Compounding my struggles with self-confidence was a slow-grown ignorance about the outside world. It may have been time to find somewhere else to hang my hat and shingle (as if that were still a thing), but I had no idea 1) what to look for, or 2) where, and 3) whether — or even how — anyone would see a single shred of usefulness in me. How did this matchmaking process even work anymore? All the technology and methodology had changed since the last time I’d had to market myself like this. Extinct were the thick-stocked, bone-colored resumes and spiral-spined clip files I once lugged around in leather-bound sacks. People younger and wiser than me told me I needed apps — lots of ’em, even though most were showing the same jobs for which I was either utterly uninterested in or completely unqualified. I populated forms on job boards, exposed my bare-naked, mostly featureless resume to recruiters, and fired applications into an amorphous, directionless void. Then I would wait, unable to avoid the suffocating sense of disappointment as days passed by. The rejections, if they came at all, did so without any interaction with a living human being — unless that human’s name happened to be Automated Response.
Soon another thing became clear: my mind had been monster-truck-tire over-inflating the size of Portland’s job market. The only companies offering jobs were direct competitors I wanted no part of, or quirky startups expecting the moon in exchange for a peanut-based salary and a ping pong table in the common area. It was my wife who actually suggested broadening the search, so one night while slow-walking our ancient chocolate labrador we scribbled a list of West-Coast cities to which we were willing to relocate on the back of a receipt that I kept in my wallet. As the weeks passed we added towns—up into Canada, then east to the Rockies. On rare occasions I would find something, and apply. Nothing ever reached back. We kept expanding the list and its boundaries, trying to think of the now nearly limitless search more as a possible adventure than an act of desperation.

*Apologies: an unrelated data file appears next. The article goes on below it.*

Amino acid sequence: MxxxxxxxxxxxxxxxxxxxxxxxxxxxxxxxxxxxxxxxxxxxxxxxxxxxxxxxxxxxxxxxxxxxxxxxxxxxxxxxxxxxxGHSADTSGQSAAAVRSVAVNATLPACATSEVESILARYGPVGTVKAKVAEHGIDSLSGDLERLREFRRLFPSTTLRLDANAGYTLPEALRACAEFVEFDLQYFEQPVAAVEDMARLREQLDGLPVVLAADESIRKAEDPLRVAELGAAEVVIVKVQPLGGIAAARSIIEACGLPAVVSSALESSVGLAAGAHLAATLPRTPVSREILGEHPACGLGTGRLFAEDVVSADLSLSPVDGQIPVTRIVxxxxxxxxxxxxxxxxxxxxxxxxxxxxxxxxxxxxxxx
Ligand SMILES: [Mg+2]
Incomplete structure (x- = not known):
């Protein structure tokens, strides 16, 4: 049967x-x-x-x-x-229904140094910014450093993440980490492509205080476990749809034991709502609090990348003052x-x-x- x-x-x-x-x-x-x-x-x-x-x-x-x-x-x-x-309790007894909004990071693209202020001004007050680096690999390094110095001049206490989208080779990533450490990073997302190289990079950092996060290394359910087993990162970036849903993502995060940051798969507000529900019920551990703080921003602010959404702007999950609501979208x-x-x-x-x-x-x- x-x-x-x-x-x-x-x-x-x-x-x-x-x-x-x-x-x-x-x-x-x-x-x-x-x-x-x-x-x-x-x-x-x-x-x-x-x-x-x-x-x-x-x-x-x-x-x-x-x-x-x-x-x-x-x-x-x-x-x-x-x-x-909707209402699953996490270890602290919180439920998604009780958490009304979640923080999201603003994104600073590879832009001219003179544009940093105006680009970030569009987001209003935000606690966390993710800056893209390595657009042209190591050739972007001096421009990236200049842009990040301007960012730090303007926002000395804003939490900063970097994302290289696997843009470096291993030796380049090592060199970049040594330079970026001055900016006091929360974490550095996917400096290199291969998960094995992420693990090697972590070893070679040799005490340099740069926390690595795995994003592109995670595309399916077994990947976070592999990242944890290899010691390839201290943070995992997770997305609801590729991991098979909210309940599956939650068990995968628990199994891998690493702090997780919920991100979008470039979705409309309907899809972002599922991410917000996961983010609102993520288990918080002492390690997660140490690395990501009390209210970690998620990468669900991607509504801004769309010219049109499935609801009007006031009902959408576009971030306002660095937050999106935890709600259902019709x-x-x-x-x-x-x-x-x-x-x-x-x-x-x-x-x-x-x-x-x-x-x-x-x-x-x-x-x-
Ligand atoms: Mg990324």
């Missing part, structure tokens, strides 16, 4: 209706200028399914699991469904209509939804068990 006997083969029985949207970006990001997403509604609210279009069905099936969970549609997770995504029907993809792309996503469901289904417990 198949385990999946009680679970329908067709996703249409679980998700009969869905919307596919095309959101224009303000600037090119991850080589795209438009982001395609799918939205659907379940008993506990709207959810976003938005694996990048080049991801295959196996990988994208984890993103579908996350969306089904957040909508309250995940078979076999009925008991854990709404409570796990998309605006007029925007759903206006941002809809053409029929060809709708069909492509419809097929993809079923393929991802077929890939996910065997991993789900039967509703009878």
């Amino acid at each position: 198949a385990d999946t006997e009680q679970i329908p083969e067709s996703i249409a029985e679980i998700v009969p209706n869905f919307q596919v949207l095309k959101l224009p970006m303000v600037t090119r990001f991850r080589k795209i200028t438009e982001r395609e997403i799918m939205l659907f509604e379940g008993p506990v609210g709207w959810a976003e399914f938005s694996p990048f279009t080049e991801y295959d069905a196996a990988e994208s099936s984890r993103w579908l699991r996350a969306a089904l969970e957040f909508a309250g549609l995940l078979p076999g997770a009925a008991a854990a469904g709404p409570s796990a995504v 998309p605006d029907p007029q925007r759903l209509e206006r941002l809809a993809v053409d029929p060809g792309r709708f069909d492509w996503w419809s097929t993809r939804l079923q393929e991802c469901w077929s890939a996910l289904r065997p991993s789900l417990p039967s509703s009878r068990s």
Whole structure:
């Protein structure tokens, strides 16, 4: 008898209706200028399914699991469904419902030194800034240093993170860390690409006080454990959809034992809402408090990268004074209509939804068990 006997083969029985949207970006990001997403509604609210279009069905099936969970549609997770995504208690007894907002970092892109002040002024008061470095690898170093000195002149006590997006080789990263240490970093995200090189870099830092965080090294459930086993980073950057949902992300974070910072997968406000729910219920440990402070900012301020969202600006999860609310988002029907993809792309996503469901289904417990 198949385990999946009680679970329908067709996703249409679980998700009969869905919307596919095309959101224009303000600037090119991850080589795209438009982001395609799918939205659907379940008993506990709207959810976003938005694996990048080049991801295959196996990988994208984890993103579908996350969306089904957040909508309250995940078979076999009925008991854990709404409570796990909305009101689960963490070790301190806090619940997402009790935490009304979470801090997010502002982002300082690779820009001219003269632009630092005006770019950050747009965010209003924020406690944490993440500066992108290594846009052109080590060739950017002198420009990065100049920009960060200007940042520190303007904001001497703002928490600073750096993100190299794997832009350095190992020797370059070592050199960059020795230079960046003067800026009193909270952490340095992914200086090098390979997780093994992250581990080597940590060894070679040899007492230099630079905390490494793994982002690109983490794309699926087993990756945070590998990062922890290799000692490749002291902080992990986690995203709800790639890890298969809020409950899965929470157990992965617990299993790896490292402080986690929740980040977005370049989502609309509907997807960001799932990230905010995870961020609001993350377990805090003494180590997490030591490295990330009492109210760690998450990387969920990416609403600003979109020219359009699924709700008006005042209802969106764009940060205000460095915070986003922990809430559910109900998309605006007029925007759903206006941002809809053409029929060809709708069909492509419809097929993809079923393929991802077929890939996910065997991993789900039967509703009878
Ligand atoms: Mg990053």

It took weaponizing the New York option on the job-finder apps before my shovel hit anything of substance. A job that seemed a little too good to be true popped up. I applied, and within a day their HR director had contacted me. Two weeks and eight separate phone interviews later, I was thrilled when they asked to meet in person.
Still: New York.
Although the interview went smoother than someone as unfamiliar with these gauntlets could have hoped for, my concentration was elsewhere. I spent both cramped legs of the journey and every waking minute in-between chewing over just how insane the idea of packing up our family and moving to Manhattan sounded. Our older daughter only has her senior year of high school left. Our younger one is just getting settled into a rhythm at her school, after a few false starts at others. We couldn’t pull them out now. Which meant that if the job came through I would be striking out on my own for about a year, leaving my wife and half of my kids behind. (No, I’m not taking the other two with me; one’s in college in Victoria, BC and the other would be my likely roommate in New York.) This was the opposite result of the gentler job with the shorter commute my job search had intended. Pull this off, and I would go from 75 minutes on public transportation to 5 hours and 25 minutes, in a middle seat on JetBlue. I hadn’t been away from my wife and kids for any more than a couple of days since my youngest daughter was born. The thought of watching her grow up via FaceTime was the last thing I remember pondering before my first panic attack, which struck at cruising altitude somewhere over Minnesota. The man in the seat next to me leaned hard into the aisle.